Voting is now closed. August’s Pick will be announced on Friday 18th September

For the coronavirus period, our normal Pick ‘prize’ of £10 towards the UK charity of your choice or a National Book Token will rise to £30*. Charities and booksellers, both, have been hit hard by the shutdown and we wanted to make a (admittedly very small) gesture of support.


*Book tokens can only be used within the UK and will be divided between £20 for the winning writer and a £10 token for the person of their choice.

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And Your Pick of the Month for July 2020 is ‘Eagle’ by Joanna Nissel

The importance of family connections prevailed in voters’ minds and the wonderful ‘Eagle’ by Joanna Nissel is our Pick of the Month for July 2020, but it was an extraordinarily tight race with only a few votes in it.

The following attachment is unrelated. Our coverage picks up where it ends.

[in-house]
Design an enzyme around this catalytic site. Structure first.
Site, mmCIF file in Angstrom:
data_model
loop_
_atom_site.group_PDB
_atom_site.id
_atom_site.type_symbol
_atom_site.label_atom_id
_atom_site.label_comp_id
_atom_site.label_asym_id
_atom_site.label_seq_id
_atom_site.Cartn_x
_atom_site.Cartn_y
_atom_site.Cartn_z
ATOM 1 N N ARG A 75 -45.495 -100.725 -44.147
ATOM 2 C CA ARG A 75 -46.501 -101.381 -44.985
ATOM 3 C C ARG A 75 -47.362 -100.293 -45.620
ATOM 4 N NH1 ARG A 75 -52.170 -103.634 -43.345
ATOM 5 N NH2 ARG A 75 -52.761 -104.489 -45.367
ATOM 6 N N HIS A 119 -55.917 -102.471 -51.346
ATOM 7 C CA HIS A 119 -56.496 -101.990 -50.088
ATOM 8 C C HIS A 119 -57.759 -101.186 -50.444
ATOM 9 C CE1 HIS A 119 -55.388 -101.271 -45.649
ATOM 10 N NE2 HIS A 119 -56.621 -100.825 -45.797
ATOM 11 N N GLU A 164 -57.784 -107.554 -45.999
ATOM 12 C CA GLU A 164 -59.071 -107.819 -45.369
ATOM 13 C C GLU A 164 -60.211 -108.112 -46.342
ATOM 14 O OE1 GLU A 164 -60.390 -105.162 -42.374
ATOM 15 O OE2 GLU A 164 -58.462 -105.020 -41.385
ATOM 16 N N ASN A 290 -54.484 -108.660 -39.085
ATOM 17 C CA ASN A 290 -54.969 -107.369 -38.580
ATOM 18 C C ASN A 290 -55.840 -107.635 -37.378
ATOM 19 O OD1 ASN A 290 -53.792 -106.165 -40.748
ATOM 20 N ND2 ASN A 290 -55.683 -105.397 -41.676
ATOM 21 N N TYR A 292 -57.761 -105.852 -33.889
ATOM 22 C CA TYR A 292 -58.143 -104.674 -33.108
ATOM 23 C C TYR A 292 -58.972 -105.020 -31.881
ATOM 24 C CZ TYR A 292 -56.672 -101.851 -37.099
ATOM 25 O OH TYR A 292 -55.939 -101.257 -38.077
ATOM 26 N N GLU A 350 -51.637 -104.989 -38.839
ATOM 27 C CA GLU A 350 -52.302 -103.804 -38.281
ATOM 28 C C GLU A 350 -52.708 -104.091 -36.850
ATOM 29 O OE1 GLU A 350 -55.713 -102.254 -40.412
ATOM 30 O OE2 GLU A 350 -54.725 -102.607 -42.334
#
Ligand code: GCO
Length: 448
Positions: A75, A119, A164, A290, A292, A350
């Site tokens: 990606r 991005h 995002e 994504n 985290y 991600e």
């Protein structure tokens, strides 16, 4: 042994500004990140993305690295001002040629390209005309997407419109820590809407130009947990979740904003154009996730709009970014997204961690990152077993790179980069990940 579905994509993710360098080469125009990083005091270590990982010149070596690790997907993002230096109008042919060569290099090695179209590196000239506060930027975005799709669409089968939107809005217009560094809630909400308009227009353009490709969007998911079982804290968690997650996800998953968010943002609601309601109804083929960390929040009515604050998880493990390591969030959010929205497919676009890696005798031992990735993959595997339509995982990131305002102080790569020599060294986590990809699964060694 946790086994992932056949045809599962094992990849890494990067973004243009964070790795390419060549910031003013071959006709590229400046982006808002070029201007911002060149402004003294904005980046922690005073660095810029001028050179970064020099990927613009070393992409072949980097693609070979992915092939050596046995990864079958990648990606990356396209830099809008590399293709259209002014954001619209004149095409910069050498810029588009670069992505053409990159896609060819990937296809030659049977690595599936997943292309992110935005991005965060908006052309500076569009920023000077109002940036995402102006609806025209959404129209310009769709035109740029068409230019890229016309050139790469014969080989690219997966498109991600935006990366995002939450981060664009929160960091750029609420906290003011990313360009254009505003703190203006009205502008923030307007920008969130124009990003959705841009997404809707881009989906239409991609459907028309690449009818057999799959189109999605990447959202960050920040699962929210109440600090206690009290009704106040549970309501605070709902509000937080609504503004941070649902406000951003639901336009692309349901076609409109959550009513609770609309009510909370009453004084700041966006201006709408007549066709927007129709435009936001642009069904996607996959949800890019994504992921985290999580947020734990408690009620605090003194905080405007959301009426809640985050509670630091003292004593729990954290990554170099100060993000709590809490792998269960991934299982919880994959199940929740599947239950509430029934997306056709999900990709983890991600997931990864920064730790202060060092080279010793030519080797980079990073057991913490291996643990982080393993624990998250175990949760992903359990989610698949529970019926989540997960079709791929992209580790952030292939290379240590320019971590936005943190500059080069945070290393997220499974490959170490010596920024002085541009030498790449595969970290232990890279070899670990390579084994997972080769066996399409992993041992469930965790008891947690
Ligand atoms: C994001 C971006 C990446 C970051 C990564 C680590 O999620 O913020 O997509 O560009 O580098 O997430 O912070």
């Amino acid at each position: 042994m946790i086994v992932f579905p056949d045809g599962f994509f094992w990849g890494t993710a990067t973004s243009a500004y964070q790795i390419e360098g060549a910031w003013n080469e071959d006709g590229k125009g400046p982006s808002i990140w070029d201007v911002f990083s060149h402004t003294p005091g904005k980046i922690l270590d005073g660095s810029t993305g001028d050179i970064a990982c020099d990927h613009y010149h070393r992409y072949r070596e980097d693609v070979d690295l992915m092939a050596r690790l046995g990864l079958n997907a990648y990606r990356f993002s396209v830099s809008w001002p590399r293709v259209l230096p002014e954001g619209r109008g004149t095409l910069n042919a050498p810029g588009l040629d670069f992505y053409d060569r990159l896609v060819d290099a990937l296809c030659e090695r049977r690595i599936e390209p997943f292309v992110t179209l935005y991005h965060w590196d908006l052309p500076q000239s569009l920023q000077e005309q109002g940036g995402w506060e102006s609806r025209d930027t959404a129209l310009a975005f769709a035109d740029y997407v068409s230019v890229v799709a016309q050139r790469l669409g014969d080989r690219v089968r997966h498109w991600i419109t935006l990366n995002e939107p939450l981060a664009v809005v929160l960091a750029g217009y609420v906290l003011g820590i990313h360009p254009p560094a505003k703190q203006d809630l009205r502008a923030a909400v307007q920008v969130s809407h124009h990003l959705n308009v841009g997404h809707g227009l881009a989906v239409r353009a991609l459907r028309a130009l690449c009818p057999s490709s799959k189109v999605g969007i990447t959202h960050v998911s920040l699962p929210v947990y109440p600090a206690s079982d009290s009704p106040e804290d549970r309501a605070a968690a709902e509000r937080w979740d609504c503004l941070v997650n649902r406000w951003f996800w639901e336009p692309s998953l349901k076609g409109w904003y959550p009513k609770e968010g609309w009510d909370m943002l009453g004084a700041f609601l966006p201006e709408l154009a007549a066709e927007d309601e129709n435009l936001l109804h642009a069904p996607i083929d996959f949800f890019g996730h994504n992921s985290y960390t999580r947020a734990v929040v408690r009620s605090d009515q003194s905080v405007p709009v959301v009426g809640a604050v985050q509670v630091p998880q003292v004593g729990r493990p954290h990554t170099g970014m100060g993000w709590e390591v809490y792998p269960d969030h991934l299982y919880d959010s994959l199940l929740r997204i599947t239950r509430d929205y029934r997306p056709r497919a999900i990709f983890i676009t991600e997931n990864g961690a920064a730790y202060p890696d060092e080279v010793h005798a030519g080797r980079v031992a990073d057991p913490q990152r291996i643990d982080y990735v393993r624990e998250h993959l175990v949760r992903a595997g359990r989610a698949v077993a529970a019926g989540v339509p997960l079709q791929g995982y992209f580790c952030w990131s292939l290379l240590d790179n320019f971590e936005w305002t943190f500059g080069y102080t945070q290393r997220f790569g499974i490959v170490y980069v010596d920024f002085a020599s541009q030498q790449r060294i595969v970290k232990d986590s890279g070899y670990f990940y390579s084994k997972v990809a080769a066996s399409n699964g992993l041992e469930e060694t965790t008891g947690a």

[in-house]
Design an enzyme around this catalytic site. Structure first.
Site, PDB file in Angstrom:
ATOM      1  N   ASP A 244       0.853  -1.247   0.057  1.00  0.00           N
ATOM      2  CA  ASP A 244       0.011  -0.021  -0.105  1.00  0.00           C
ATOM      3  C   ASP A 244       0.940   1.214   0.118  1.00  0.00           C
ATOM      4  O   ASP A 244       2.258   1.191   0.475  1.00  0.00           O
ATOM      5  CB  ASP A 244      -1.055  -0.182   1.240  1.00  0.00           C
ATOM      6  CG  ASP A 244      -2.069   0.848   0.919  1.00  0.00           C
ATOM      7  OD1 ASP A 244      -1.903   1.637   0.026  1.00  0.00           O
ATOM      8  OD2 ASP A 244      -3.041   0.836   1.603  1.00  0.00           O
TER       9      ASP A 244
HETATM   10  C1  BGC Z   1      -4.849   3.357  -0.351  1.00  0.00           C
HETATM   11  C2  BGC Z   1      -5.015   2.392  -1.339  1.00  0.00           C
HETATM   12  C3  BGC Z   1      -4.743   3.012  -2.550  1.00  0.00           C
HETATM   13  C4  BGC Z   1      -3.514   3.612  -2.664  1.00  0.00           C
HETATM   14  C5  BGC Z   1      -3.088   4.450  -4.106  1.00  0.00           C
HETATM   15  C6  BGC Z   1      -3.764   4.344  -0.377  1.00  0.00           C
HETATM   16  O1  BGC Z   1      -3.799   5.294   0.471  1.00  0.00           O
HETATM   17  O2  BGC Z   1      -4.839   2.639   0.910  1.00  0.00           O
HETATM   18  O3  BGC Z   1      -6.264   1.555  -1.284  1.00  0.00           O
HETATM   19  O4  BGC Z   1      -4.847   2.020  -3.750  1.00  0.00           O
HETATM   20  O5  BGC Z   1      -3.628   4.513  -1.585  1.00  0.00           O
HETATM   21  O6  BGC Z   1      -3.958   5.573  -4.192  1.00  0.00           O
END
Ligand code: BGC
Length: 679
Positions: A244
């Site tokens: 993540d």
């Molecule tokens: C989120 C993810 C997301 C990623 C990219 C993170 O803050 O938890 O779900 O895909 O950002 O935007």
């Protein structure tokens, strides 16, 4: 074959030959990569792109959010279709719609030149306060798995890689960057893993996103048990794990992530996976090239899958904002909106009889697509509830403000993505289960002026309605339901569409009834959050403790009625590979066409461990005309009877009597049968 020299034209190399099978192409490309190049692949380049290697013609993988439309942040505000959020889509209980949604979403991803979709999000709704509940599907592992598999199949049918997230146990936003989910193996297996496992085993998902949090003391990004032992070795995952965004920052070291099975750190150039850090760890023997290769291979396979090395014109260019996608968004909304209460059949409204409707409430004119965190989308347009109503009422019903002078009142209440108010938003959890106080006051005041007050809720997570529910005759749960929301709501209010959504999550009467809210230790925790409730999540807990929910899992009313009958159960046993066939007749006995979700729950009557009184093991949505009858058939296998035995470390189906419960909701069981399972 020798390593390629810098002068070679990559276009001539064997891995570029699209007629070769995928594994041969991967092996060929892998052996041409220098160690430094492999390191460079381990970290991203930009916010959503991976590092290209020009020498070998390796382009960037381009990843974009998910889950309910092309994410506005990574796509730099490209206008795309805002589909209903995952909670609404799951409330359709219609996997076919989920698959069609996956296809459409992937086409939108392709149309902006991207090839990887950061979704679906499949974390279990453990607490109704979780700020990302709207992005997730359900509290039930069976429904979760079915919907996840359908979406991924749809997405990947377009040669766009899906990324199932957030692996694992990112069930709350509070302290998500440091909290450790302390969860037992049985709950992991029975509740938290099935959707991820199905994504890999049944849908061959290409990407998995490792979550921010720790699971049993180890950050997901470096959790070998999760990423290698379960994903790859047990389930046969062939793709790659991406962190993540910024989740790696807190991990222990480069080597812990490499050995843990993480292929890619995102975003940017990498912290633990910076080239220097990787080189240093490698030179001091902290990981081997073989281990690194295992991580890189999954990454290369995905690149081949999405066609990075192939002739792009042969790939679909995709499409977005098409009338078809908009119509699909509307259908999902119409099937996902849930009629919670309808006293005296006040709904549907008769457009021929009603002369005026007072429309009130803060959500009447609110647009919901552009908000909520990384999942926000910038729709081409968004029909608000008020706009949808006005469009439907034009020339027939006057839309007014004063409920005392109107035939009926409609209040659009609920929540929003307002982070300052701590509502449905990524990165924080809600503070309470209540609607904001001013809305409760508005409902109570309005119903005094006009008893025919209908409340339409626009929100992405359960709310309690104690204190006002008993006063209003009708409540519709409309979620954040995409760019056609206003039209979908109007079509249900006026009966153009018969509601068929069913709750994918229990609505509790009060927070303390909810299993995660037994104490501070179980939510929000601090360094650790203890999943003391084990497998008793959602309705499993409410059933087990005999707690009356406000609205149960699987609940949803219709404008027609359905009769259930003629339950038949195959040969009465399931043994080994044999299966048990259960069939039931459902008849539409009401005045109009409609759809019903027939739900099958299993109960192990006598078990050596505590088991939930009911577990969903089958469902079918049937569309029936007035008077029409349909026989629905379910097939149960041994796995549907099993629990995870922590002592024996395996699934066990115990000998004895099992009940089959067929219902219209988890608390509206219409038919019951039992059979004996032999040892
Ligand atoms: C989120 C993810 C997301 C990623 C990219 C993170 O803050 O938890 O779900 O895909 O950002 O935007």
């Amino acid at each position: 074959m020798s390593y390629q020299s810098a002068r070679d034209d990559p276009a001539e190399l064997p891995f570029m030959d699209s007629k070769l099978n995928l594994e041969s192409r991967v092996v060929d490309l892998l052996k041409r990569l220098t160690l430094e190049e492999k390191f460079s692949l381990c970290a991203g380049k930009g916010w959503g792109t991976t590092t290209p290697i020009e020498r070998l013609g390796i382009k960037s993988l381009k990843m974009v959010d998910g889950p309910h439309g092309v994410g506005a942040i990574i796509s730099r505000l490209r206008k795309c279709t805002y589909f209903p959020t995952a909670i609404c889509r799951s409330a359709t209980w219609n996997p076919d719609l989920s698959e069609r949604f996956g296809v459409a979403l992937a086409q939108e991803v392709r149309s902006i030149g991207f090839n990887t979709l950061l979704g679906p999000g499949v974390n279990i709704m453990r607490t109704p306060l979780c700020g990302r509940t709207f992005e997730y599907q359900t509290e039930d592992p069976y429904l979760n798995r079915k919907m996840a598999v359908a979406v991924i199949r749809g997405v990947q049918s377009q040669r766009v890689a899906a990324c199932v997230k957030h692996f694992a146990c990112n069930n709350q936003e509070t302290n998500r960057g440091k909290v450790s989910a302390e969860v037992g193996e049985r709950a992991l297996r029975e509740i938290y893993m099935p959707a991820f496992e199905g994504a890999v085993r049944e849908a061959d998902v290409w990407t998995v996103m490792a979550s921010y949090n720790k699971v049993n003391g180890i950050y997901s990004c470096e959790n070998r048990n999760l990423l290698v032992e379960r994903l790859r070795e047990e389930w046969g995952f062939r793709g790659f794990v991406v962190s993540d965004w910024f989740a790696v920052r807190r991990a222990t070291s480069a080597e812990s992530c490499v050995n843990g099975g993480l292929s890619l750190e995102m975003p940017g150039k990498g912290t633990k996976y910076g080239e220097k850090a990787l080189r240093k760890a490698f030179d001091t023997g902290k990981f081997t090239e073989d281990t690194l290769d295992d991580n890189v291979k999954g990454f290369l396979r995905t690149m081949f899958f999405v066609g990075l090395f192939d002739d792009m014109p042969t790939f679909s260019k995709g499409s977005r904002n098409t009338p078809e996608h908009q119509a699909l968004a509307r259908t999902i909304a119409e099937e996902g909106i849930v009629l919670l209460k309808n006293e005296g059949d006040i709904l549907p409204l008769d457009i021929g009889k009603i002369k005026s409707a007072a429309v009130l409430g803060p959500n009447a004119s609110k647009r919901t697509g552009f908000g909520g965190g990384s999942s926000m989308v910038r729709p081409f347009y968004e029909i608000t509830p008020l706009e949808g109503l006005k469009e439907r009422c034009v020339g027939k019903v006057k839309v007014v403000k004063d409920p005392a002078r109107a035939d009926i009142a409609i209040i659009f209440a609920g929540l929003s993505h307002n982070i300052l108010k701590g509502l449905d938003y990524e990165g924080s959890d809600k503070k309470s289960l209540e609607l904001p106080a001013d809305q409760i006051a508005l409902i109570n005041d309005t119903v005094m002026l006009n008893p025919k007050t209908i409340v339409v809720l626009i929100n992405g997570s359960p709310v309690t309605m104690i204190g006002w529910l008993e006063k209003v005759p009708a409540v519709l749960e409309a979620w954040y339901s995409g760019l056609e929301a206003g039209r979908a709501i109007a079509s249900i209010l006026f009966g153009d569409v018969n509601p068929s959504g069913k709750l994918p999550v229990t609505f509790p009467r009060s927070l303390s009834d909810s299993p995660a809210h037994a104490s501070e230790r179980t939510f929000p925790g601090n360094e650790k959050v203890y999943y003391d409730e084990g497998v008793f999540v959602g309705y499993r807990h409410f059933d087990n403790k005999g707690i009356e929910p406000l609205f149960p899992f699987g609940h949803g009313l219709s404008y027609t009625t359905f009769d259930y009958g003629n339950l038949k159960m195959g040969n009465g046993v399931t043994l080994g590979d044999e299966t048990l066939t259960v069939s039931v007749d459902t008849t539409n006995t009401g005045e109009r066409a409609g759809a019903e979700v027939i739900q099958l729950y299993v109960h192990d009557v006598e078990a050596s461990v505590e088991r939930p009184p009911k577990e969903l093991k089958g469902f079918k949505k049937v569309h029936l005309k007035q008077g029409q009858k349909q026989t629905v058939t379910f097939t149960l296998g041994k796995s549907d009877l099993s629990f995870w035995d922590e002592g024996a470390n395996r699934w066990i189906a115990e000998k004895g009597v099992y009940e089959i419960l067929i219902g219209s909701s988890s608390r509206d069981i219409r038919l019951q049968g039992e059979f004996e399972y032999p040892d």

Voters commented again and again on the beauty of Joanna’s writing and imagery and the poignancy of the poem, how it felt very personal and how they kept going back to it.

Joanna is a Brighton-based poet. She was the runner up for the 2018 New Poets Prize and has been published widely, including Tears in the Fence, The Fenland Reed, Eyeflash, and Atrium.


After Kathryn O’ Driscoll

Wasn’t my heart a finch bird?
Wasn’t it the yellow-joy chirp overheard
on the dawn walk to work

–a reminder of the things in this life
that are delicate and made of more
than the hollow-boned expanses
between their filaments of cartilage?

These days I break over a disapproving glance,